Mahjong: An Introduction into the Western World
An American anthropologist named Stewart Culin in 1895, mentioned Mahjong in one of his papers. This is the very first written account of this game in any other language other than Chinese. By 1910, there were various written accounts in numerous languages, including Japanese and French. In the 1920s Mahjong as a game was imported to the United States.
Joseph Park Babcock in 1920 published his book Rules of Mah-Jongg, also known as the "red book" was the initial edition of mahjong known to America. Babcock had educated himself about the game mahjong while staying in China.
The game has took brought to itself a number of established names, such as "Game of Thousand Intelligences" and "Pung Chow". During those times in America Mahjong nights often saw dressing of the people and decorating rooms in Chinese fashion.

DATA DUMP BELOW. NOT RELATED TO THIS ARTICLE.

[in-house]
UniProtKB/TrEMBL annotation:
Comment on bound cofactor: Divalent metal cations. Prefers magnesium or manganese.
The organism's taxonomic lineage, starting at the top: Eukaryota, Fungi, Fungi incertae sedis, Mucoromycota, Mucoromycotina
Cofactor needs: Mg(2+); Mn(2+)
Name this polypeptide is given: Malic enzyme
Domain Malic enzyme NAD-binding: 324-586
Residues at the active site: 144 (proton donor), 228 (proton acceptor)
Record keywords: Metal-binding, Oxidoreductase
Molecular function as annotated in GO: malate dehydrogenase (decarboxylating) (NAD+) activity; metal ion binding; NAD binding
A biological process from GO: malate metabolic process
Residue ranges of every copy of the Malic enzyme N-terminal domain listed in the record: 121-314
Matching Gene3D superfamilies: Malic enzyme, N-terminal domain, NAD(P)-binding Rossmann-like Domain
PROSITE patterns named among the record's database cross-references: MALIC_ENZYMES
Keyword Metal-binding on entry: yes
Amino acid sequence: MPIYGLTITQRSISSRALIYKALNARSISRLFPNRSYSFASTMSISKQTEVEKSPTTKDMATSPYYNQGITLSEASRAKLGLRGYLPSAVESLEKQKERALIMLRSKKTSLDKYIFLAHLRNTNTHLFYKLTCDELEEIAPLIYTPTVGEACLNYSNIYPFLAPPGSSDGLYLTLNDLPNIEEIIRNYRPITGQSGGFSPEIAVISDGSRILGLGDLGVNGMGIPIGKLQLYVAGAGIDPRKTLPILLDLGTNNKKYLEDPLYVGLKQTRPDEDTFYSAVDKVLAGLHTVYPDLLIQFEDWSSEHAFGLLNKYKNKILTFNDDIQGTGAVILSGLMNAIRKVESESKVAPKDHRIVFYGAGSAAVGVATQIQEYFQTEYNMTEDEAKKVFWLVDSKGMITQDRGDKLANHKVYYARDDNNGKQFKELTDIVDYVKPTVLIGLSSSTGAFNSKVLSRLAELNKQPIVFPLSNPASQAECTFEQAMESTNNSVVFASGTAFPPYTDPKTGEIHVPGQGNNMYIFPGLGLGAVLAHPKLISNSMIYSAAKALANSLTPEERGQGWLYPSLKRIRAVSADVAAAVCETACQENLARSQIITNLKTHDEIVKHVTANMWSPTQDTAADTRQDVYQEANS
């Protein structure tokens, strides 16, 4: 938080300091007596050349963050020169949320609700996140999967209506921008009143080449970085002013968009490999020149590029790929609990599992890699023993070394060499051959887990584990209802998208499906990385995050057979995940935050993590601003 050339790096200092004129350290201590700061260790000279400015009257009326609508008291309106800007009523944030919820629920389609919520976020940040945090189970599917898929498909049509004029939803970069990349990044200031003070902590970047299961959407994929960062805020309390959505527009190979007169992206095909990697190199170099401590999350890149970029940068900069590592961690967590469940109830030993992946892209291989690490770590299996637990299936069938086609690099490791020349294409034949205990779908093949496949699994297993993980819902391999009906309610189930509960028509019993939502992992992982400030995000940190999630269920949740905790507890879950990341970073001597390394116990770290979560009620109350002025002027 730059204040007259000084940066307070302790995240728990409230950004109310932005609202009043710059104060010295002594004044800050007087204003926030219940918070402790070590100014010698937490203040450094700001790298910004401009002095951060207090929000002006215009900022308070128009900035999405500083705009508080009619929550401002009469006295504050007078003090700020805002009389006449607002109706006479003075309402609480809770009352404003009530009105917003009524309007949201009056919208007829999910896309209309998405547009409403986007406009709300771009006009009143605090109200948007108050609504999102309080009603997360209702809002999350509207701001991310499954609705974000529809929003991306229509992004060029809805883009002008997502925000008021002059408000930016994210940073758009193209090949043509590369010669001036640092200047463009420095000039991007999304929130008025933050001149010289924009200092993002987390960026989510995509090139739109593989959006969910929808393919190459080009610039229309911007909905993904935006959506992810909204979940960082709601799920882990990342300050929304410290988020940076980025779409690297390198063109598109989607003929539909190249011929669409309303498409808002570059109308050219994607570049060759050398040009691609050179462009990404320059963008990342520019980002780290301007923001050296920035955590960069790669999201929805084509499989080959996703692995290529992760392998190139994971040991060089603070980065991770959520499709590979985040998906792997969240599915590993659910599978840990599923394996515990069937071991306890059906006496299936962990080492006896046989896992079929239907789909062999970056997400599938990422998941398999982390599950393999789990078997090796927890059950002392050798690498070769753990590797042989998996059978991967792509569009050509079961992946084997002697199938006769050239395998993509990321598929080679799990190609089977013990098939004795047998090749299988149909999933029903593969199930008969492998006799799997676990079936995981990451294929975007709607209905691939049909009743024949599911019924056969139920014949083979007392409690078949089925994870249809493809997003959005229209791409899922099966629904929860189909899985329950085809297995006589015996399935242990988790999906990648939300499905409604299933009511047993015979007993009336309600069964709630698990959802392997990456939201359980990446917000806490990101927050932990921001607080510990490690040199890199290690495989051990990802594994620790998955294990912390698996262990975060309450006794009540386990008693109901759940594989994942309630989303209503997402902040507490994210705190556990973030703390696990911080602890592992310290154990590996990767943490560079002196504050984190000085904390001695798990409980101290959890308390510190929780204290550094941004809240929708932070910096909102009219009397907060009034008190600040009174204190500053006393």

A lot of alternatives of the game mahjong were developed during this incredible period. By 1930s, many versions of the rules of mahjong were developed which were significantly different from Babcock's original version (including some important fundamentals such as the conception of a standard hand).
During the Babcock era when the game mahjong was acknowledged by U.S. players of all ethnicity, many believed it as the modern American adaptation of a Jewish game, as several American mahjong players are of Jewish descent. Jewish players foundered the NMJL and are known as a Jewish organization. Moreover, the game became as a family-friendly social activity, not as gambling.
In 1977 a British author named Alan D. Millington invigorated the Chinese traditional game of the 1920s in his book The Complete Book of Mah-jongg This book mentions the formal rules put for the game. A lot of players in Western countries consider Millington's work trustworthy.